5.4 Assessing Hume's views
The main value of Hume's essay lies in its discussion of our duties to God. Here Hume's arguments initially seem quite convincing. But arguments almost always seem convincing when they are first heard and understood. The real test comes when we try to think of possible objections. Here is one such objection, based on what has become known as the problem of evil, the problem of reconciling God's benevolence and omnipotence with the fact that evil exists in the world:
Hume thinks that divine providence extends to all human action. But how can this be true? If it were, we would have to say that God is responsible for the actions of every cruel or brutal ruler.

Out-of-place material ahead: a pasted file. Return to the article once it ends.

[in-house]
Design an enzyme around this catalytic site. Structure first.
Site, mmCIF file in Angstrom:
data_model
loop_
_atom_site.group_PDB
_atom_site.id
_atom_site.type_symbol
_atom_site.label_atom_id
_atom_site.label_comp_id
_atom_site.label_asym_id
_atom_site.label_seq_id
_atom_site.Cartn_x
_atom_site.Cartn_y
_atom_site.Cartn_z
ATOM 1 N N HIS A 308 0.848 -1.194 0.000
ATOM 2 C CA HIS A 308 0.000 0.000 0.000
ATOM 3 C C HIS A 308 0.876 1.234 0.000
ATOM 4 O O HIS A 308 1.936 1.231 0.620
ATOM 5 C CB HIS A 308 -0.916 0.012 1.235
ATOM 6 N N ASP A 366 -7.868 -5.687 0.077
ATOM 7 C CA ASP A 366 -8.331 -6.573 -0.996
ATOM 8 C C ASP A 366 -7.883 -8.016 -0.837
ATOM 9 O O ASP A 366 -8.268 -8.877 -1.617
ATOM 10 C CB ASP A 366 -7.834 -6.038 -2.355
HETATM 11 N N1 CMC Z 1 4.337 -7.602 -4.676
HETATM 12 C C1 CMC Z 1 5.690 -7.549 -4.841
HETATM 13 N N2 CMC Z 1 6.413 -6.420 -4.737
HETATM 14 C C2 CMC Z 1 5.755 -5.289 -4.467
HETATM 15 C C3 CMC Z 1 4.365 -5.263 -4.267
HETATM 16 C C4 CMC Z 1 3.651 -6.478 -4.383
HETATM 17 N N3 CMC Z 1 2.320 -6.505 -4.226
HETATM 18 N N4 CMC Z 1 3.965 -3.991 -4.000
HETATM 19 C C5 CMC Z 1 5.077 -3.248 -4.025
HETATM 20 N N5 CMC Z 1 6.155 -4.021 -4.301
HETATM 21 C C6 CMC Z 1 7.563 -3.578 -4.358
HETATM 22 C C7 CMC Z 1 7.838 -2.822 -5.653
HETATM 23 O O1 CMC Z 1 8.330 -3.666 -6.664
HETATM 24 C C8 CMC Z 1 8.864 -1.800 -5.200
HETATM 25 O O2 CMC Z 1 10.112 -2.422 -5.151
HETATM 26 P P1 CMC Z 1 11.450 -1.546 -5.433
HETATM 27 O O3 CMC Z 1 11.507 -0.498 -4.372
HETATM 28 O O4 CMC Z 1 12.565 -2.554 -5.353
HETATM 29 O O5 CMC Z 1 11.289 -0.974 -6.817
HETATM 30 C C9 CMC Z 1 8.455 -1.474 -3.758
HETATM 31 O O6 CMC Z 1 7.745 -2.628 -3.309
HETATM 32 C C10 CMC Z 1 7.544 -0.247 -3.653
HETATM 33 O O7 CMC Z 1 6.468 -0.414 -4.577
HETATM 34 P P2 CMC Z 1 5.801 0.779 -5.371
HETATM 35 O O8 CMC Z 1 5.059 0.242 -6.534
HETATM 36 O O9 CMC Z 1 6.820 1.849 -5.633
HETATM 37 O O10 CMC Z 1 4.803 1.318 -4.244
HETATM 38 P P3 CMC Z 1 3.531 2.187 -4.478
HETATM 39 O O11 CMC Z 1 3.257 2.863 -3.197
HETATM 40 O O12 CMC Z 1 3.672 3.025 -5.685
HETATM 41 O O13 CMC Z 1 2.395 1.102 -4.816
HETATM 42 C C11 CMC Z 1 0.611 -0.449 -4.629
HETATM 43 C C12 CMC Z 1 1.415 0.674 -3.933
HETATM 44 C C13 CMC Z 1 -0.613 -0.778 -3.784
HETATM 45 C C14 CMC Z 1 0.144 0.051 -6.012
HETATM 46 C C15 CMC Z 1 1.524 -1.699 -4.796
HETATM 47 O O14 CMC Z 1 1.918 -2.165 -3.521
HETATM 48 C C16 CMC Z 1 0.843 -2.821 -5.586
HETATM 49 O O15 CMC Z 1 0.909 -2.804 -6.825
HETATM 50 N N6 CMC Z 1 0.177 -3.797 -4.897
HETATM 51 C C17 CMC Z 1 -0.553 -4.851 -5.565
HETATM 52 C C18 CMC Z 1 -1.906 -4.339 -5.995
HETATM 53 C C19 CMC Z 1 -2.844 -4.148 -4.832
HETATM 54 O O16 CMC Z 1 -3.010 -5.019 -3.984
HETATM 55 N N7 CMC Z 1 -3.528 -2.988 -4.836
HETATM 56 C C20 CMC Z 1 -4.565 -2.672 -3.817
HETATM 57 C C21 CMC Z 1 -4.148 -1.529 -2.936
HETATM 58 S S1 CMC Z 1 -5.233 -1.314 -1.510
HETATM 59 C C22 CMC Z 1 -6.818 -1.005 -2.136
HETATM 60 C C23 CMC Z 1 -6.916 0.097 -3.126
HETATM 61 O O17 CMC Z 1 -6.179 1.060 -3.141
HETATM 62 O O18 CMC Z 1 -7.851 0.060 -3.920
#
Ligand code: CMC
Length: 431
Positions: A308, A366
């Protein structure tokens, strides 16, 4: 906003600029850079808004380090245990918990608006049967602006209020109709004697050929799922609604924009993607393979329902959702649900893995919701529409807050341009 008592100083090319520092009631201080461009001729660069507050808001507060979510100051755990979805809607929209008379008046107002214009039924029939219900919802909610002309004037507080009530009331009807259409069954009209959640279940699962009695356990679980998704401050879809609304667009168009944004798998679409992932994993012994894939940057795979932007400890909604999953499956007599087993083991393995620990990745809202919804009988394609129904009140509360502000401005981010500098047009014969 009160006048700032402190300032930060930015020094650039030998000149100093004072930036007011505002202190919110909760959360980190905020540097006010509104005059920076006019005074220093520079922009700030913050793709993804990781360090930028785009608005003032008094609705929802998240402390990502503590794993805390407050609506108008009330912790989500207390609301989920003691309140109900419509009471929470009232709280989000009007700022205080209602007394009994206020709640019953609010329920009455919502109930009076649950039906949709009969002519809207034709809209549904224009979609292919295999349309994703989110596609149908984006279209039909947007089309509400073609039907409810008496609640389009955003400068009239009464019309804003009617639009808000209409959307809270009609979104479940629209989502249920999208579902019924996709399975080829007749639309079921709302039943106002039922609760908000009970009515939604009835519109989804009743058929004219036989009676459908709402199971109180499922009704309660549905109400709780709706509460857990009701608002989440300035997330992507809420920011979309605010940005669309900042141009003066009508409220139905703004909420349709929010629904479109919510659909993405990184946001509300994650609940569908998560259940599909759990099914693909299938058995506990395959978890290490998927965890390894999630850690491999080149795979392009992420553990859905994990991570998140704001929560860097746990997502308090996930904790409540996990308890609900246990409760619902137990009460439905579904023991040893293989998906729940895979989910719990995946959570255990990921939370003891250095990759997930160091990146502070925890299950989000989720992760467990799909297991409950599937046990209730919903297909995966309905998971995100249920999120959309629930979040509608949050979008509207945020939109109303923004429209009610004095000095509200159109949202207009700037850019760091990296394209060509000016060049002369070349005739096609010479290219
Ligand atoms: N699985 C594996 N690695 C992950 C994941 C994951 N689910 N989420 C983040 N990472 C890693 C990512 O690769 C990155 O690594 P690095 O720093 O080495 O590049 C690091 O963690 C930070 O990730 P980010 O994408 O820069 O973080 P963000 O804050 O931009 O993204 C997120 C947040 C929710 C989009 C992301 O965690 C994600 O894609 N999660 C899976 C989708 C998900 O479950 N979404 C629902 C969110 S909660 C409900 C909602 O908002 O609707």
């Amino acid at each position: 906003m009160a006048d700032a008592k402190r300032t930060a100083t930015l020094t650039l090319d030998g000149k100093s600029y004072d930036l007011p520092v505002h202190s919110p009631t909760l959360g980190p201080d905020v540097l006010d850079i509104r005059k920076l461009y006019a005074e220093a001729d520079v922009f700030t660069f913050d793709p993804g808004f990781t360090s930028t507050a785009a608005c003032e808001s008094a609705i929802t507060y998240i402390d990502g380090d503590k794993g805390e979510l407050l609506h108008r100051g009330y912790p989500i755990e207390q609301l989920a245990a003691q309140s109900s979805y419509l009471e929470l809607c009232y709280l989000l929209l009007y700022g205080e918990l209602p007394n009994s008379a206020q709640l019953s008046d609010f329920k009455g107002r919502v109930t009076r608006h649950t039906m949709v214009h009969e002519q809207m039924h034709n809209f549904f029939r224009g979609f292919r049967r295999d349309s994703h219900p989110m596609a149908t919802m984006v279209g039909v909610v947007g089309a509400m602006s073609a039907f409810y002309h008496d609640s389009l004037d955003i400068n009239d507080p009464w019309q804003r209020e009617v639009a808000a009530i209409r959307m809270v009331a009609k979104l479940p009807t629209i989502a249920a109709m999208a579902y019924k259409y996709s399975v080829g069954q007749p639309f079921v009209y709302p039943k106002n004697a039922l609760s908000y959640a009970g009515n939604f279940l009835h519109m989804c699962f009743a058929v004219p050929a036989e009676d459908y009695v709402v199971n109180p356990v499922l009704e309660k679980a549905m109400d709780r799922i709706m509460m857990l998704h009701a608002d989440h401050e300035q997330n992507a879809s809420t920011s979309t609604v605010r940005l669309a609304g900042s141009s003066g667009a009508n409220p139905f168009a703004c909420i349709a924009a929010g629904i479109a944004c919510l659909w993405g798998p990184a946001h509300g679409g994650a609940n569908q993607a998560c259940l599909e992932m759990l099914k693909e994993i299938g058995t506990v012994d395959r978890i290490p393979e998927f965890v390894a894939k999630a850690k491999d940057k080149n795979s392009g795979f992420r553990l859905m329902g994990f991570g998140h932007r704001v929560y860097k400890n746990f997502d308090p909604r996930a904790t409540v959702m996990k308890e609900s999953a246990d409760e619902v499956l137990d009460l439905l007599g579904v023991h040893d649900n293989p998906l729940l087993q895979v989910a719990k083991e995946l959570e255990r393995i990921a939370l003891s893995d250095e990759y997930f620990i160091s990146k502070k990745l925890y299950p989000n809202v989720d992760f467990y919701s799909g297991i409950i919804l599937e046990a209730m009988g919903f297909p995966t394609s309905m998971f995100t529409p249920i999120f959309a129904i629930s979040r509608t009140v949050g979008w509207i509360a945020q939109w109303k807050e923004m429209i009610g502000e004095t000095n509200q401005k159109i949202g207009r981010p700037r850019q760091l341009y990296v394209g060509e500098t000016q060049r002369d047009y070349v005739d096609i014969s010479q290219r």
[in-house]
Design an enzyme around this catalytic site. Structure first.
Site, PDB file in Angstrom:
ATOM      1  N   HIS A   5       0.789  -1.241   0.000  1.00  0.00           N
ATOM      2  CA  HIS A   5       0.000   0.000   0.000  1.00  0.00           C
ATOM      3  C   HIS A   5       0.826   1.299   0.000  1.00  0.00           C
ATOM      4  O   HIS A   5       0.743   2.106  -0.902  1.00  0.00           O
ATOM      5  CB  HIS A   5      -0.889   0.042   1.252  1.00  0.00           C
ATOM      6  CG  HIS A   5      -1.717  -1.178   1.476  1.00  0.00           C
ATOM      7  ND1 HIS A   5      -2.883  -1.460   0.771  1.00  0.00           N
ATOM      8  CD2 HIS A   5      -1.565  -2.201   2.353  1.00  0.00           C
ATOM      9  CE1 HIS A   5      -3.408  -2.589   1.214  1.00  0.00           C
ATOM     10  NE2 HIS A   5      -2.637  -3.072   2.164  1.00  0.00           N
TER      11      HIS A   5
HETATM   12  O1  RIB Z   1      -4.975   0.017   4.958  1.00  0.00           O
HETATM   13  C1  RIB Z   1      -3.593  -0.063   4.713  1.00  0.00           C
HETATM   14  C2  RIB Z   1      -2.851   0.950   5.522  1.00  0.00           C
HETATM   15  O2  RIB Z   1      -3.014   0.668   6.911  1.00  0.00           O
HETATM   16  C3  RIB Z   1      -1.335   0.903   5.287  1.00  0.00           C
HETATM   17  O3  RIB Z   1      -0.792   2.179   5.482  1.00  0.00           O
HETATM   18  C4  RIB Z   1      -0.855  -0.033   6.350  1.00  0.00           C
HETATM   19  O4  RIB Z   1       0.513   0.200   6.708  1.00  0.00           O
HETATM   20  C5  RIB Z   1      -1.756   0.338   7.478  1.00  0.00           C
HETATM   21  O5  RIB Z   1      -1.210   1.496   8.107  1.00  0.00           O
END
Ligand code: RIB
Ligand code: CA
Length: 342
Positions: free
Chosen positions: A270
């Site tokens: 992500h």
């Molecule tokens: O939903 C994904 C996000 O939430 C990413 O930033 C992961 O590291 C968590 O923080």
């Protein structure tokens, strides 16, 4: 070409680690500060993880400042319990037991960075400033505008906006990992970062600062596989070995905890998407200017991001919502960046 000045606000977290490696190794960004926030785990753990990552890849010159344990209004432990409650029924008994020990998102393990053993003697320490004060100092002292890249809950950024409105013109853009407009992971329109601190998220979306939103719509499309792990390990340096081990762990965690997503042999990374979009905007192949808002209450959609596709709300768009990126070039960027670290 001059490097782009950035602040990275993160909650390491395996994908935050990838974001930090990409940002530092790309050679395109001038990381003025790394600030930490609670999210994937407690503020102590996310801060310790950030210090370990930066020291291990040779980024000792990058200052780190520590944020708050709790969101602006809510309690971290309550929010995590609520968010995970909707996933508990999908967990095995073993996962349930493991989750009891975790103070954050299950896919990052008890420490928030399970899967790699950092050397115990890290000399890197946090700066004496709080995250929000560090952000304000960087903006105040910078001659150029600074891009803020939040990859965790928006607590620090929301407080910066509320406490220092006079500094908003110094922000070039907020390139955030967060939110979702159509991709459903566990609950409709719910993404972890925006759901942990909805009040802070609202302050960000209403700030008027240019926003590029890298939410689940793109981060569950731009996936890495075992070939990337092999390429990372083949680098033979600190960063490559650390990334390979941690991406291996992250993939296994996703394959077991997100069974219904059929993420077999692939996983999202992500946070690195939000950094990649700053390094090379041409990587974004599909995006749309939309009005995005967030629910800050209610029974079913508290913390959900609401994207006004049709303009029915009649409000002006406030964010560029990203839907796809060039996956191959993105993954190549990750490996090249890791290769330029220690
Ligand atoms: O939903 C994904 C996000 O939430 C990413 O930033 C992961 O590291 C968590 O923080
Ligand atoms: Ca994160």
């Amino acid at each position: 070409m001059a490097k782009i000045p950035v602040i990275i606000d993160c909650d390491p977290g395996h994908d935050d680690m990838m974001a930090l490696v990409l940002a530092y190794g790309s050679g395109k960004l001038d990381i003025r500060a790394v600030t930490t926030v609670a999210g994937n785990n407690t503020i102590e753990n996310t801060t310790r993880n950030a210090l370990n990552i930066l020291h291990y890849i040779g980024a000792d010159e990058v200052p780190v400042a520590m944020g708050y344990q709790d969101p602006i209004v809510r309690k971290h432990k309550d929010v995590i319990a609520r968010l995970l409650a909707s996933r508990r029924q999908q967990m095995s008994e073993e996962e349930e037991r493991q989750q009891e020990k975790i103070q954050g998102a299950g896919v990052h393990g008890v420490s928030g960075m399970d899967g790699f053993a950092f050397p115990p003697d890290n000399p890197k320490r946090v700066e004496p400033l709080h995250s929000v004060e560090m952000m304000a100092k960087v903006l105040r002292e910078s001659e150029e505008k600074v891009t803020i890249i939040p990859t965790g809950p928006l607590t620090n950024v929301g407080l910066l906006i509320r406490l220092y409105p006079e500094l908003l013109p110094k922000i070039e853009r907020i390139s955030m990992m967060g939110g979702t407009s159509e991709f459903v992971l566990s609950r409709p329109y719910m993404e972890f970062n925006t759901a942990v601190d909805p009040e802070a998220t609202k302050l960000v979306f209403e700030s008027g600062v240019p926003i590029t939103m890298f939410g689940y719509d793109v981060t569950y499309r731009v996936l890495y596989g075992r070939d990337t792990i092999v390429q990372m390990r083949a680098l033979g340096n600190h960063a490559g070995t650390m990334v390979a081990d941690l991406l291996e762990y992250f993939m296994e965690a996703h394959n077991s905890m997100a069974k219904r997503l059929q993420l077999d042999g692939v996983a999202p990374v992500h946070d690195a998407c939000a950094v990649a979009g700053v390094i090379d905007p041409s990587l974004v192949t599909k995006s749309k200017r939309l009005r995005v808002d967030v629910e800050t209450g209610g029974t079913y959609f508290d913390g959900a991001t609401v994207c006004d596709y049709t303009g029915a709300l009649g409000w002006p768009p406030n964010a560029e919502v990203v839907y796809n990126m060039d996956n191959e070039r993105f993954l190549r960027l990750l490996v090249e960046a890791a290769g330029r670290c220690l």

This would be incompatible with the assumption that God is a benevolent being. At least some human actions must fall outside of divine providence. Hume's claim that from the most reasonable theological perspective all actions belong equally to God's grand design looks suspect.
Reread ‘On suicide’. Has Hume shown that suicide is not always wrong in principle? Try to come up with an objection, or reproduce in your own words the objection having to do with the problem of evil outlined above.